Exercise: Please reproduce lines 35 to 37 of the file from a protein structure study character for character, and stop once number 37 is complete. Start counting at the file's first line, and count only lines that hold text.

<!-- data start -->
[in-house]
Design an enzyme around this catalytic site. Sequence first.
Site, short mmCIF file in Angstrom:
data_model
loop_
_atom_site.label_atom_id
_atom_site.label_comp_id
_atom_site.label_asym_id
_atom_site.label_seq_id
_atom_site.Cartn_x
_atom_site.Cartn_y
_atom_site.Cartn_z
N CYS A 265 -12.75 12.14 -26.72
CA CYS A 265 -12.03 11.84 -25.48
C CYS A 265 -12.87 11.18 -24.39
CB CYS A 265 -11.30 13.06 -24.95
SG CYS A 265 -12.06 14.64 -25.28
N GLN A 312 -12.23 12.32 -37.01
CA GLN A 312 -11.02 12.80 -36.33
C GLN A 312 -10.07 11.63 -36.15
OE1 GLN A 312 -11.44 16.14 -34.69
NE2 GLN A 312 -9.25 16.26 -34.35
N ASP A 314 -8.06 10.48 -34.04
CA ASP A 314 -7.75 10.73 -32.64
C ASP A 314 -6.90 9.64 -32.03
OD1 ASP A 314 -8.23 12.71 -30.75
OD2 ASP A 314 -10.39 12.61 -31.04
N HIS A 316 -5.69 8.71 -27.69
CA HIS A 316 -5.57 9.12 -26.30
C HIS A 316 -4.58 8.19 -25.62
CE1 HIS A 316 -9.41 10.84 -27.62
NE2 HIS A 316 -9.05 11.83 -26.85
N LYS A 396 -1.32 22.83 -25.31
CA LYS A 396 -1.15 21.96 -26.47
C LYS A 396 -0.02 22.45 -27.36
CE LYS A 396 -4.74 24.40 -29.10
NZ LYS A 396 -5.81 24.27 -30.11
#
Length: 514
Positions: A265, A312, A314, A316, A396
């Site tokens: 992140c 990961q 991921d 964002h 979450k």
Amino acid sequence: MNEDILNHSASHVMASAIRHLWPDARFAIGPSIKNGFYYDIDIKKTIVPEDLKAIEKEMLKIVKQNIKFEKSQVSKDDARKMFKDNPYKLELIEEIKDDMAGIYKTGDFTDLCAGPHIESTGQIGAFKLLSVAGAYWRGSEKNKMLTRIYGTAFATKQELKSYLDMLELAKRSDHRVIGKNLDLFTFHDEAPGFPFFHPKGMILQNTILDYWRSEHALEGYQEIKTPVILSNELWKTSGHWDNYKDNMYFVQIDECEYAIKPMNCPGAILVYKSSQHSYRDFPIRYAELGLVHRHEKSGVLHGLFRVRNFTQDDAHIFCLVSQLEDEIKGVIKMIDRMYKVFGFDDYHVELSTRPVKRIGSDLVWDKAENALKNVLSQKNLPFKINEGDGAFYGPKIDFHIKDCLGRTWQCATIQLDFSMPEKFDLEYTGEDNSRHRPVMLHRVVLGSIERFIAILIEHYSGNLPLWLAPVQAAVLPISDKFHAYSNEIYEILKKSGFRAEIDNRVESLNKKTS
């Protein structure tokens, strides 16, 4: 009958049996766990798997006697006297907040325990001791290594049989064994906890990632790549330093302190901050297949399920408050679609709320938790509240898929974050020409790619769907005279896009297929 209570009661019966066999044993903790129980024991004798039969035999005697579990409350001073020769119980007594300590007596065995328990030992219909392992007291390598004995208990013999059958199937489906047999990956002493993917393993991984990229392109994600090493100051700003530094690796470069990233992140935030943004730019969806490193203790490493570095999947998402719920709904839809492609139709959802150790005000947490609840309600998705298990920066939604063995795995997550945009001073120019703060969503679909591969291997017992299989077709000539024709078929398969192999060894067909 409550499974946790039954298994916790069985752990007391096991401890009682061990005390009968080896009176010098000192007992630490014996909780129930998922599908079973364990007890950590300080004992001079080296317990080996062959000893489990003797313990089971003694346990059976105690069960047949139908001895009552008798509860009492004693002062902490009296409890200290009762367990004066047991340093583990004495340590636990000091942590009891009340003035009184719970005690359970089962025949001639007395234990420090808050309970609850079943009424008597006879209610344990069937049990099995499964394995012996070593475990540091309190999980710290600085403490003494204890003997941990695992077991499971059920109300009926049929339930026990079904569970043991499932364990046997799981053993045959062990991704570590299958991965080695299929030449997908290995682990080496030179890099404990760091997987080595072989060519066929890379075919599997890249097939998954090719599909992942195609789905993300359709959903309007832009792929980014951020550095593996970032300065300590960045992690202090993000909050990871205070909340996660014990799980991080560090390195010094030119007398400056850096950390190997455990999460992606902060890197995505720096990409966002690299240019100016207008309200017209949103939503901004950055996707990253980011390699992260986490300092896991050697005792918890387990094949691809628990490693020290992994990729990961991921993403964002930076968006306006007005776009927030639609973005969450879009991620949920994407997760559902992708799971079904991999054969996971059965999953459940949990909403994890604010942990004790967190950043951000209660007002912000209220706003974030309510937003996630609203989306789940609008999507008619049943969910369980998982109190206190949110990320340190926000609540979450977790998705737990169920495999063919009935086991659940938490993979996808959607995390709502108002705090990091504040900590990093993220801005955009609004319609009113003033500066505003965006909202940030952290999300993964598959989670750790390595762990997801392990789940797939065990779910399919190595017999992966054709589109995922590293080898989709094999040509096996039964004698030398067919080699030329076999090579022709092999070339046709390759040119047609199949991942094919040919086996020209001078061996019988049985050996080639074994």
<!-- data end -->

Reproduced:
C LYS A 396 -0.02 22.45 -27.36
CE LYS A 396 -4.74 24.40 -29.10
NZ LYS A 396 -5.81 24.27 -30.11